I too was caught up in all the Linsanity madness as much as anyone else when it started in February 2012 (actually, probably more so because I was writing about it every day for work). A Taiwanese-American underdog in the NBA, and a Harvard graduate, no less, who had been undrafted, sent to the D-League multiple times and was about to be cut for a third (and probably final) time before a miraculous string of record-breaking performances made him the biggest headline in New York, and later, the whole world. It was a story too good to be true, and everyone absolutely loved it.
And therefore it came as no surprise that someone decided to make a documentary about the phenomenon that has come to be known as Linsanity. The impressive thing about this film, however, is that director Evan Jackson Leong decided to make the film when Lin was still a student at Harvard, well before he became a household name.
The narrative follows Lin from his childhood days when he displayed incredible talenting playing AAU ball with his brothers, then onto his highly successful high school career before landing a spot at Harvard because no Div 1 school would offer him a scholarship. After leading Harvard to one of their best seasons ever, Lin had ambitions of being selected in the NBA draft, revealing that he believed his best chance was being picked by the Knicks in the second round (he “crushed” that workout, in his words). Of course, he missed out on getting selected completely, but was fortunate to be invited the Mavs’ summer league, where he went toe to toe with No. 1 pick John Wall. He then signed with the local Golden State Warriors, and the rest is pretty much general knowledge.
Anyway, I did enjoy it, but I must admit I liked the subject a lot more than the film itself. Linsanity, as it turns out, is a fairly run of the mill documentary where the drama and excitement is nearly entirely attributable to the true story itself as opposed to the filmmaking. I had expected to see a lot more exclusive footage and interviews, as well as a deeper look into Lin’s personality and especially his well-publicized religious beliefs. Instead, I was treated to a huge chunk of well-edited game footage, though a lot of it — mainly the college and NBA highlights — I had already seen before in the actual games or on YouTube.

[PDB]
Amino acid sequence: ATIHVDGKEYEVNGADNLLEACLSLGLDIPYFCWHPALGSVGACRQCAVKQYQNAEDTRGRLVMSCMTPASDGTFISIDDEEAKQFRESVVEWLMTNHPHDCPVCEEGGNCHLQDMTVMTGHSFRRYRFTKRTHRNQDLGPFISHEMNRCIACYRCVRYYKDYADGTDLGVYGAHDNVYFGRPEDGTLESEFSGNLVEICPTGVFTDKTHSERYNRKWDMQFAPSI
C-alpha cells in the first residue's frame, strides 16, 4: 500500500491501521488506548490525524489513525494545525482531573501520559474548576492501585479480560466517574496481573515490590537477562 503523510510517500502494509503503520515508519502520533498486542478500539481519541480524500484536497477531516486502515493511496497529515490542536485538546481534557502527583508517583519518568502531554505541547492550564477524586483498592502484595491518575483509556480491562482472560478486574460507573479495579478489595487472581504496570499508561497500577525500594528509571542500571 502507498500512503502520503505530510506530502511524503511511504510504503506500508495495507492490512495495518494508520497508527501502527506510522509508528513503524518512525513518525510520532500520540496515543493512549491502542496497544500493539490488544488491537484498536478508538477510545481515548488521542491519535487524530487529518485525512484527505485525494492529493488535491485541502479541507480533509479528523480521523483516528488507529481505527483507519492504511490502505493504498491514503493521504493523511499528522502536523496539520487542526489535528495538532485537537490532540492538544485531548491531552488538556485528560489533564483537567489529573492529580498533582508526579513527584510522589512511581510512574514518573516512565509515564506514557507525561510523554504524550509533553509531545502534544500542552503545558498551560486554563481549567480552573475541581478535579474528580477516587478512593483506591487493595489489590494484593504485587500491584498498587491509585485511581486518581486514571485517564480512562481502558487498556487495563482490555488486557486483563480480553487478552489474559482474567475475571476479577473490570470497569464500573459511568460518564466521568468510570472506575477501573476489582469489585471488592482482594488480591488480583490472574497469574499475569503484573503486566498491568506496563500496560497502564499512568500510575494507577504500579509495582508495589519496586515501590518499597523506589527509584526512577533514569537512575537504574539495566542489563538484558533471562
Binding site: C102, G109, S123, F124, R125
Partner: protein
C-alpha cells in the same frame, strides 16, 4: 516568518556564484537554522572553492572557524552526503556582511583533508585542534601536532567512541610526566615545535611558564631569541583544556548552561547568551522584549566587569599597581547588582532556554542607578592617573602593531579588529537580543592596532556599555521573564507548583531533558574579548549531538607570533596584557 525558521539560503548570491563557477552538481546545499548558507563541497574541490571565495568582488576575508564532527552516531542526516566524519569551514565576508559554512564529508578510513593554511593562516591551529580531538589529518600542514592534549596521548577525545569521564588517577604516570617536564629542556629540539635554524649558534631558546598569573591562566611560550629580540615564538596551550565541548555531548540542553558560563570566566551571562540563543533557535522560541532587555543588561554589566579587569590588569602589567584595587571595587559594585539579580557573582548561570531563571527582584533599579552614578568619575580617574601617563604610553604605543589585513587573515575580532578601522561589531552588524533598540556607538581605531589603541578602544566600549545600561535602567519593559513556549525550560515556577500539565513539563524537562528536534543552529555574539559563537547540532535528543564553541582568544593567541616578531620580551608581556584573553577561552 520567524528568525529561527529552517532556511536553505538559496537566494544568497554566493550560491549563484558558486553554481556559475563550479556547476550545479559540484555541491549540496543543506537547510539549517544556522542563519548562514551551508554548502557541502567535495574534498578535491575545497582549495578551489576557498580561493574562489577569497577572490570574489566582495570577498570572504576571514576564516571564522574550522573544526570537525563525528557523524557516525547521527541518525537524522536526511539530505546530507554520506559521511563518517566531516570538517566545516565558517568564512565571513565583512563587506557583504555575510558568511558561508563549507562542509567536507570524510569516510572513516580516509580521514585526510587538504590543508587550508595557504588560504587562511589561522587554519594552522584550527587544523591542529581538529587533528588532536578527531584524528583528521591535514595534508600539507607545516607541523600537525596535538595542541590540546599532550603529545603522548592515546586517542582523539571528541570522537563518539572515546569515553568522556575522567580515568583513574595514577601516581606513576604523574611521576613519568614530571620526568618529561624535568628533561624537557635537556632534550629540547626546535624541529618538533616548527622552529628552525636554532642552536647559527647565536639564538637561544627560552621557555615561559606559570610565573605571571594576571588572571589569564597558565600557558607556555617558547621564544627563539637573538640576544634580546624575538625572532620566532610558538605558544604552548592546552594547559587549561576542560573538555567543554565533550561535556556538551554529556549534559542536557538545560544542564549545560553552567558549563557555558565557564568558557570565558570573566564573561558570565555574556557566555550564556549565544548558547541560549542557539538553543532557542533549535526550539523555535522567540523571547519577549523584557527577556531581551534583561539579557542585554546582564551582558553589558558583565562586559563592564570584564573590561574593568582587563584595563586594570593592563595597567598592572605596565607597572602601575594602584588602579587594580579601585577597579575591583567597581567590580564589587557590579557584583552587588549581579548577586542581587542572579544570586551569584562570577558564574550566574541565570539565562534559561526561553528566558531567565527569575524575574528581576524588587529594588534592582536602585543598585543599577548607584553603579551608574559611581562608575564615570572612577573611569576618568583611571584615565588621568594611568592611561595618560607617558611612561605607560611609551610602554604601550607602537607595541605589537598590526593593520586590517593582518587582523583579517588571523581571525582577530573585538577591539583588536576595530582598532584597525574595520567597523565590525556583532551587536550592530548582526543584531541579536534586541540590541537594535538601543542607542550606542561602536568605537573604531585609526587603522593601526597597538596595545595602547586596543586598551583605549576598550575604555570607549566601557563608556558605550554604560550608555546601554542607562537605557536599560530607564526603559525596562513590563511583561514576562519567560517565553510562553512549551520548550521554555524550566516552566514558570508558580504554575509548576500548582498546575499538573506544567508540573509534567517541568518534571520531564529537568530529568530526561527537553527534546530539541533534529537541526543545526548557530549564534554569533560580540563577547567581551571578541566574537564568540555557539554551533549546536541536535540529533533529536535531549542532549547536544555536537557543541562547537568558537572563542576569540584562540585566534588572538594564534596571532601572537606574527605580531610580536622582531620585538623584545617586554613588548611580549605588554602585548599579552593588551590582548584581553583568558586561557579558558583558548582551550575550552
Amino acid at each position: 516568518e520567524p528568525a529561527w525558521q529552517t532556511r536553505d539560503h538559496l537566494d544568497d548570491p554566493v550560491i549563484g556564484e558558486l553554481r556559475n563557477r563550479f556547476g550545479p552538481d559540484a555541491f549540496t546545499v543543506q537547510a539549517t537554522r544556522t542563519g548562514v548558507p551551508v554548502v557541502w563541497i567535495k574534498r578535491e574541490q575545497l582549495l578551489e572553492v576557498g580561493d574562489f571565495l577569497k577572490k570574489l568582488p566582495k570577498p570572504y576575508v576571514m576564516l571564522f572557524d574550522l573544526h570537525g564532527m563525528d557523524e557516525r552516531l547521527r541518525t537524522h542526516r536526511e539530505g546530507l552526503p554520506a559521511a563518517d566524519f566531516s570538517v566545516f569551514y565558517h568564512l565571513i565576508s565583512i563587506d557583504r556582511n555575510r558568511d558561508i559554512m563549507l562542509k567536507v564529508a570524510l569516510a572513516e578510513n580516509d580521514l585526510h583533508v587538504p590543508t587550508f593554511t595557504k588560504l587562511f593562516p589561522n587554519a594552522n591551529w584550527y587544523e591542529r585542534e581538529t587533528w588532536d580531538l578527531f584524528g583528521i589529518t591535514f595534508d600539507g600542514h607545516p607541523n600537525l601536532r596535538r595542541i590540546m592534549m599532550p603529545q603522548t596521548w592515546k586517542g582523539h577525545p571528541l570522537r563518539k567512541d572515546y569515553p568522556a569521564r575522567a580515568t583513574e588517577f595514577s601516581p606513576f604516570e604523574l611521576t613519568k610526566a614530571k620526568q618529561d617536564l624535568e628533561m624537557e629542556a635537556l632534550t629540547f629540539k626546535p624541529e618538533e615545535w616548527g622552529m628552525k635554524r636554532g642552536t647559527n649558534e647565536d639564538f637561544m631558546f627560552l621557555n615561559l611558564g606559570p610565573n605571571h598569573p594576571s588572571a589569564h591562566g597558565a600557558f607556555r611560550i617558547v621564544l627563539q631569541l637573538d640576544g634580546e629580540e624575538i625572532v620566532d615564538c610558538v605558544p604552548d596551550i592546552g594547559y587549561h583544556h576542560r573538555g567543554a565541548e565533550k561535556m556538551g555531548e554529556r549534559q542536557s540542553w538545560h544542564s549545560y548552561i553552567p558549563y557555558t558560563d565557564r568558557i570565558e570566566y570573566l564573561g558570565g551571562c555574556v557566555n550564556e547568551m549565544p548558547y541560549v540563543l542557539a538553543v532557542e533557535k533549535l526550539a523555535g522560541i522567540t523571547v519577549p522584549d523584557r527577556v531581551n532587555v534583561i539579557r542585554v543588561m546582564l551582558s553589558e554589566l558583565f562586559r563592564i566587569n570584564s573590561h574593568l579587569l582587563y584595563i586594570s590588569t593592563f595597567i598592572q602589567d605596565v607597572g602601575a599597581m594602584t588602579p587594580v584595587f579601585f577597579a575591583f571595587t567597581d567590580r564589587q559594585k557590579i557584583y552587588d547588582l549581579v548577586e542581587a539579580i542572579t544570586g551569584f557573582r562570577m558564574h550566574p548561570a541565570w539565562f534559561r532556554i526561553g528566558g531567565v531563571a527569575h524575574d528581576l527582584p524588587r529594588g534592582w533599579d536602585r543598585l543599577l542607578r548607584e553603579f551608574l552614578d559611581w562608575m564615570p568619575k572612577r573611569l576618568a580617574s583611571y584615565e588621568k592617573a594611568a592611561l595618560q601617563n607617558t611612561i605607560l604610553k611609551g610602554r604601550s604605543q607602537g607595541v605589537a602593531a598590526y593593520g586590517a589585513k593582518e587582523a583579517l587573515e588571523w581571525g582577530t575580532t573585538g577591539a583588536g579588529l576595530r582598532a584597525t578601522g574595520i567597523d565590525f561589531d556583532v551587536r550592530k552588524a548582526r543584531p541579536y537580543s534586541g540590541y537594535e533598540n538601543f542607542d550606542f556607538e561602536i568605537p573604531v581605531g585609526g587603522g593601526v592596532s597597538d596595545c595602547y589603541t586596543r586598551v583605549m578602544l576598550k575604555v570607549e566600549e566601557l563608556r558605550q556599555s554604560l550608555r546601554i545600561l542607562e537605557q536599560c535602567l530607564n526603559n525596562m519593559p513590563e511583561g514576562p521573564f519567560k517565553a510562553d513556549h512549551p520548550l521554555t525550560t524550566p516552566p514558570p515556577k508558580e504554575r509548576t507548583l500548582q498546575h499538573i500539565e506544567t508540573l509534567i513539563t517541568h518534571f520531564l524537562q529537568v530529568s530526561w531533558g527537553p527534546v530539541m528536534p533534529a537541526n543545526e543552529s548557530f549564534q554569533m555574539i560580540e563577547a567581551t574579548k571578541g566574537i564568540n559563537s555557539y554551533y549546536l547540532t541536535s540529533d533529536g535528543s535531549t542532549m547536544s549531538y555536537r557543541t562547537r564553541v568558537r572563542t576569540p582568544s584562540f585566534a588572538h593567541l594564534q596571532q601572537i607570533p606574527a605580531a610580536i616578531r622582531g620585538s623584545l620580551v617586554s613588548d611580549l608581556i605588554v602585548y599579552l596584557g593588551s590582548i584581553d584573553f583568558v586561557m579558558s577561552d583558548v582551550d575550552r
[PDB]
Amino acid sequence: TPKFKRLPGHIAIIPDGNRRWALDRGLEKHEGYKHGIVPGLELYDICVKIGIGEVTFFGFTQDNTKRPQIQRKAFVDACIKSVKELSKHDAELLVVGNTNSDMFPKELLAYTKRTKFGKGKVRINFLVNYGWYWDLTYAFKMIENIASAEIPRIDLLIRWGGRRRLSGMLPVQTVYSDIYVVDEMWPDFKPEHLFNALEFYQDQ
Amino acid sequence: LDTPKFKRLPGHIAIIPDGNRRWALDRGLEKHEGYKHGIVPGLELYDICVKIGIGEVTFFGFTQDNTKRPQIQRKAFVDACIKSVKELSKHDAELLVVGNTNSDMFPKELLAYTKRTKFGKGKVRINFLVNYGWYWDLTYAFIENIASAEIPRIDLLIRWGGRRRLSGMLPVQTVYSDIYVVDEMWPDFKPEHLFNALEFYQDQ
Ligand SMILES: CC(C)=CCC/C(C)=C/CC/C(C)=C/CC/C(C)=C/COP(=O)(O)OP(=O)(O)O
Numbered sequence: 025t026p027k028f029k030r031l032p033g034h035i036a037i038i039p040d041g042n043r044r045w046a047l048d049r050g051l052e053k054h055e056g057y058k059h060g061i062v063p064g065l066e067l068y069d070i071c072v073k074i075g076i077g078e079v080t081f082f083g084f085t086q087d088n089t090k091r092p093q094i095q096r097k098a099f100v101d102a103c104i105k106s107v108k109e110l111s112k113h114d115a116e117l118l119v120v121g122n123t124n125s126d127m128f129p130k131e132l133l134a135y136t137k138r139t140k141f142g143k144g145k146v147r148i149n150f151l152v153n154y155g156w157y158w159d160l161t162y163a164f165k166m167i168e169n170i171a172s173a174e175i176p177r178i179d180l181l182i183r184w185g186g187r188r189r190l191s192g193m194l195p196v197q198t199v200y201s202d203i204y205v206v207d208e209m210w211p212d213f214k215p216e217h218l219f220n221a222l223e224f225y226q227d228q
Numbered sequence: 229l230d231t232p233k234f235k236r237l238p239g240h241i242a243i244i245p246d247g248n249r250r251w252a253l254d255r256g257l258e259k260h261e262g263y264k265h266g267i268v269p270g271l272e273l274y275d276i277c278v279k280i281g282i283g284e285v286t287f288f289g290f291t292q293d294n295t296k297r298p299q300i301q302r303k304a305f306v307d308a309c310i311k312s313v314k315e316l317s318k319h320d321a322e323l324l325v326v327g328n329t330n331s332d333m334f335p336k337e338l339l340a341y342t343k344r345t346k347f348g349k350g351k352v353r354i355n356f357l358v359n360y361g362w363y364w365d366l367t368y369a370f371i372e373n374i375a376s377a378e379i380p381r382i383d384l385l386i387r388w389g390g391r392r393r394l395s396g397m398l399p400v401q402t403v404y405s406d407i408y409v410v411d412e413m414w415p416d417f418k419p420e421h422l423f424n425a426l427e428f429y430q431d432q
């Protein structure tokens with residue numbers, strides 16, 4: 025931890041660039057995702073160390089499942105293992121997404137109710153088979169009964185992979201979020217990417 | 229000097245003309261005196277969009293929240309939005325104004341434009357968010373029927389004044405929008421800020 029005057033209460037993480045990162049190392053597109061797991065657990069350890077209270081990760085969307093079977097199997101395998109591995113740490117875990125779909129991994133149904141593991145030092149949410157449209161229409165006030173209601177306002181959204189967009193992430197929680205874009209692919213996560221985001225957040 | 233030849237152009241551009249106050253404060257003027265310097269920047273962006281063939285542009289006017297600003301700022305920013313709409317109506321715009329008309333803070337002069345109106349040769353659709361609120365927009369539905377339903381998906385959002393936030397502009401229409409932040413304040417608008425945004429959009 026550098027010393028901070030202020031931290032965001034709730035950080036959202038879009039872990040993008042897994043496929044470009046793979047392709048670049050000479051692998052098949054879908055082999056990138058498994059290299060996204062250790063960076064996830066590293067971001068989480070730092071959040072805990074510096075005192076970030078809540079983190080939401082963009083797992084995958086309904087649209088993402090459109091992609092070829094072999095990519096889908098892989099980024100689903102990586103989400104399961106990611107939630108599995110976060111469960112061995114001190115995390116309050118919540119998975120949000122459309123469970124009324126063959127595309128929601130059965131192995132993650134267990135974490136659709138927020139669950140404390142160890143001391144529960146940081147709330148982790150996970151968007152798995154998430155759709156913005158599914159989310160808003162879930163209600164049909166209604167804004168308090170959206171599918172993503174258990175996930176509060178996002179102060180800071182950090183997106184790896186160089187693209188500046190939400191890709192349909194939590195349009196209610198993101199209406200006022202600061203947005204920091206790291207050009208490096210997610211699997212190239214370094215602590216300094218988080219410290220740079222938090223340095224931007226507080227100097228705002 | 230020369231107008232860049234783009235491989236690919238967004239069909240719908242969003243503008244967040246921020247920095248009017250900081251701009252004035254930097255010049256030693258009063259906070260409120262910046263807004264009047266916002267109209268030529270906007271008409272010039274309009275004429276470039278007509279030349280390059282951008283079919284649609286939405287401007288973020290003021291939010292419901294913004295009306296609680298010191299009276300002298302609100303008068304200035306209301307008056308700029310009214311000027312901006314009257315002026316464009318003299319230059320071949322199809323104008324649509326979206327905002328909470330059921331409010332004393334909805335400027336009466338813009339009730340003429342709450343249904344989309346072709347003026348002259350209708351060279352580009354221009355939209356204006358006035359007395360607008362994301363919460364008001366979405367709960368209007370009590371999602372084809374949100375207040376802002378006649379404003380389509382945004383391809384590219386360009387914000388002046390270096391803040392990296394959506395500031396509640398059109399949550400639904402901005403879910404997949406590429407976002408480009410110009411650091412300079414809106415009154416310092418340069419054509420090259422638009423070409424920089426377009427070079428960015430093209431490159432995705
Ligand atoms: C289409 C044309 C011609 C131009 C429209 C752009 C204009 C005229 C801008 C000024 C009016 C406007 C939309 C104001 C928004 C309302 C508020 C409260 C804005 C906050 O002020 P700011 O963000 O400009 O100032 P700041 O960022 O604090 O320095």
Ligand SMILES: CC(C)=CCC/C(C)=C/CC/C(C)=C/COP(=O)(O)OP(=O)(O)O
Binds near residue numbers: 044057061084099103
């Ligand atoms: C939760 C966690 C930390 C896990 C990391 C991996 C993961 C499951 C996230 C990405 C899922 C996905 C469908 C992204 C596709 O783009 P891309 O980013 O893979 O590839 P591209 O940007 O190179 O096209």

To be fair, there is some interesting stuff in the film, such as the interview with Lin’s parents and brothers, and especially listening to his father explain how the family got into basketball in the first place. The portion of the film dedicated to Lin’s lowest point, when he was sent to the cutthroat D-League, is perhaps the most insightful part of the 88-minute running time. But to be honest, if you know Jeremy Lin’s story pretty well like I do, it’s likely you’re not going to get a whole lot out of this documentary. The subjects you know are going to be tackled — like the discrimination, the racism, the taunting, being repeatedly overlooked, etc — are all broached as expected, but there really wasn’t anything I hadn’t already seen or read elsewhere. That’s when more exclusive interviews, or even just a fresher approach, would have been welcome. I kept waiting for some revelatory comment from Lin, his family, friends, teammates or enemies, or even just a new angle on things, but it was all ended up being relatively tame and cliched.
The film also skimped on the awkward end of Linsanity, when Lin’s knee injury ruled him out of the team for the remainder of the season and the fact that he later copped flak for not playing because he was not 100%. The subsequent controversial contract negotiation with the Knicks, which turned ugly and essentially forced him to Houston as a free agent, was essentially overlooked. I know that is not the glamorous side of Lin’s story but it’s an important one that should have received more attention.
Nearly a year after Linsanity came and went, and with Lin now just a “regular” starter in Houston, Linsanity doesn’t quite have the effect and impact it would have back had it been released a year or so earlier. On the other hand, one could argue that the film comes too close after Lin’s success, and it would have been better to wait even longer, maybe another year or two, to be able to properly reflect on what an amazing time it was.
At the end of the day, Linsanity is an entertaining film because it is about one of the most extraordinary underdog stories in sports history. Even if you’ve seen it all before, you’d be crazy not to get pumped up all over again by rewatching some of Lin’s greatest moments during his incredible run. That said, I suspect it is a film that is most suited for audiences who have only a faint idea of Linsanity; for people who know the story well, there isn’t a lot of new things to see or learn, and the documentary filmmaking is just too typical and sanitized to give Lin’s story that extra edge it deserves.
3.25 stars out of 5